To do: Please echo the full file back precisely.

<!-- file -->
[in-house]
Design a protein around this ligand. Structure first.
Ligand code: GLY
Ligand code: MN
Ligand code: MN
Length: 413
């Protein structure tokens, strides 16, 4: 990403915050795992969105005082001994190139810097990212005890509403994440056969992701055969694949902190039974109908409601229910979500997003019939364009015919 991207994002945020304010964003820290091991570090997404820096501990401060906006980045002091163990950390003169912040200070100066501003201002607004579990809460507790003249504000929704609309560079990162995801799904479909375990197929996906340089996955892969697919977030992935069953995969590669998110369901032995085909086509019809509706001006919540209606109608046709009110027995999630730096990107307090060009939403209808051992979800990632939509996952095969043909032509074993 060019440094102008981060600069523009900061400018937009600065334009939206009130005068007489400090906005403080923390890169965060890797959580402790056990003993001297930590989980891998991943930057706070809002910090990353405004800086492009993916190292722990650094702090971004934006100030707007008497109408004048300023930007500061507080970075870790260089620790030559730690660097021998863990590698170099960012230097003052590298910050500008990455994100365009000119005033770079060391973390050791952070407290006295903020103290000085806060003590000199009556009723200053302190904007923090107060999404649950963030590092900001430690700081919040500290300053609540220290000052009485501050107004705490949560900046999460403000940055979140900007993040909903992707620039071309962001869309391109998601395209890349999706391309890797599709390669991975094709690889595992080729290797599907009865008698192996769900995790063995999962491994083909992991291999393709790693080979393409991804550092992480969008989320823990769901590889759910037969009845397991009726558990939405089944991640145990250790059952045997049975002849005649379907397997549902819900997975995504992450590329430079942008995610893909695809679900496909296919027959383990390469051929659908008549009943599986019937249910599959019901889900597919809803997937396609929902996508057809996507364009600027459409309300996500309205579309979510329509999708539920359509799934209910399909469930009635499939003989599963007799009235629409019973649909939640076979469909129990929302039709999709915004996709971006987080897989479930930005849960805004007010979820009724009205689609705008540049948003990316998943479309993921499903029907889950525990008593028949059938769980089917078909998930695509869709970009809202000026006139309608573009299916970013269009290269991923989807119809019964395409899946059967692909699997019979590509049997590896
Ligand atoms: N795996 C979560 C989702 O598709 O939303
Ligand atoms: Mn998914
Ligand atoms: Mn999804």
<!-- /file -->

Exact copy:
[in-house]
Design a protein around this ligand. Structure first.
Ligand code: GLY
Ligand code: MN
Ligand code: MN
Length: 413
């Protein structure tokens, strides 16, 4: 990403915050795992969105005082001994190139810097990212005890509403994440056969992701055969694949902190039974109908409601229910979500997003019939364009015919 991207994002945020304010964003820290091991570090997404820096501990401060906006980045002091163990950390003169912040200070100066501003201002607004579990809460507790003249504000929704609309560079990162995801799904479909375990197929996906340089996955892969697919977030992935069953995969590669998110369901032995085909086509019809509706001006919540209606109608046709009110027995999630730096990107307090060009939403209808051992979800990632939509996952095969043909032509074993 060019440094102008981060600069523009900061400018937009600065334009939206009130005068007489400090906005403080923390890169965060890797959580402790056990003993001297930590989980891998991943930057706070809002910090990353405004800086492009993916190292722990650094702090971004934006100030707007008497109408004048300023930007500061507080970075870790260089620790030559730690660097021998863990590698170099960012230097003052590298910050500008990455994100365009000119005033770079060391973390050791952070407290006295903020103290000085806060003590000199009556009723200053302190904007923090107060999404649950963030590092900001430690700081919040500290300053609540220290000052009485501050107004705490949560900046999460403000940055979140900007993040909903992707620039071309962001869309391109998601395209890349999706391309890797599709390669991975094709690889595992080729290797599907009865008698192996769900995790063995999962491994083909992991291999393709790693080979393409991804550092992480969008989320823990769901590889759910037969009845397991009726558990939405089944991640145990250790059952045997049975002849005649379907397997549902819900997975995504992450590329430079942008995610893909695809679900496909296919027959383990390469051929659908008549009943599986019937249910599959019901889900597919809803997937396609929902996508057809996507364009600027459409309300996500309205579309979510329509999708539920359509799934209910399909469930009635499939003989599963007799009235629409019973649909939640076979469909129990929302039709999709915004996709971006987080897989479930930005849960805004007010979820009724009205689609705008540049948003990316998943479309993921499903029907889950525990008593028949059938769980089917078909998930695509869709970009809202000026006139309608573009299916970013269009290269991923989807119809019964395409899946059967692909699997019979590509049997590896
Ligand atoms: N795996 C979560 C989702 O598709 O939303
Ligand atoms: Mn998914
Ligand atoms: Mn999804």